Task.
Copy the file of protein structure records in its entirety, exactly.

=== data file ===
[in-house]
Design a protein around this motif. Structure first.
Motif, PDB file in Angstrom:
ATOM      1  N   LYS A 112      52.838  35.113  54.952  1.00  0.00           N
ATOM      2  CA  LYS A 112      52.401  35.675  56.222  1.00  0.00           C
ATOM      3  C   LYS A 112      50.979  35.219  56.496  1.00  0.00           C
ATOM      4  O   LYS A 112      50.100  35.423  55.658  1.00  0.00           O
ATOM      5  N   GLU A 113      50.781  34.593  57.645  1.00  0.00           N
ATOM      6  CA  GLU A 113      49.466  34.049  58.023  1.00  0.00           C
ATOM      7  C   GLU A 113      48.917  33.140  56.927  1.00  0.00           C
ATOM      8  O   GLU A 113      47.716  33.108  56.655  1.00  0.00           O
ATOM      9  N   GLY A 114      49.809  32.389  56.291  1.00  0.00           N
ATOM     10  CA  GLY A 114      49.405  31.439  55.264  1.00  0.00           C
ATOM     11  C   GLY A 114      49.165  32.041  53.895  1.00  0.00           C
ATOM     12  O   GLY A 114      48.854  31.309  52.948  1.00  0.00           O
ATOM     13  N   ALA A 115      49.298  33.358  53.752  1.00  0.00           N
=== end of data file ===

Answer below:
[in-house]
Design a protein around this motif. Structure first.
Motif, PDB file in Angstrom:
ATOM      1  N   LYS A 112      52.838  35.113  54.952  1.00  0.00           N
ATOM      2  CA  LYS A 112      52.401  35.675  56.222  1.00  0.00           C
ATOM      3  C   LYS A 112      50.979  35.219  56.496  1.00  0.00           C
ATOM      4  O   LYS A 112      50.100  35.423  55.658  1.00  0.00           O
ATOM      5  N   GLU A 113      50.781  34.593  57.645  1.00  0.00           N
ATOM      6  CA  GLU A 113      49.466  34.049  58.023  1.00  0.00           C
ATOM      7  C   GLU A 113      48.917  33.140  56.927  1.00  0.00           C
ATOM      8  O   GLU A 113      47.716  33.108  56.655  1.00  0.00           O
ATOM      9  N   GLY A 114      49.809  32.389  56.291  1.00  0.00           N
ATOM     10  CA  GLY A 114      49.405  31.439  55.264  1.00  0.00           C
ATOM     11  C   GLY A 114      49.165  32.041  53.895  1.00  0.00           C
ATOM     12  O   GLY A 114      48.854  31.309  52.948  1.00  0.00           O
ATOM     13  N   ALA A 115      49.298  33.358  53.752  1.00  0.00           N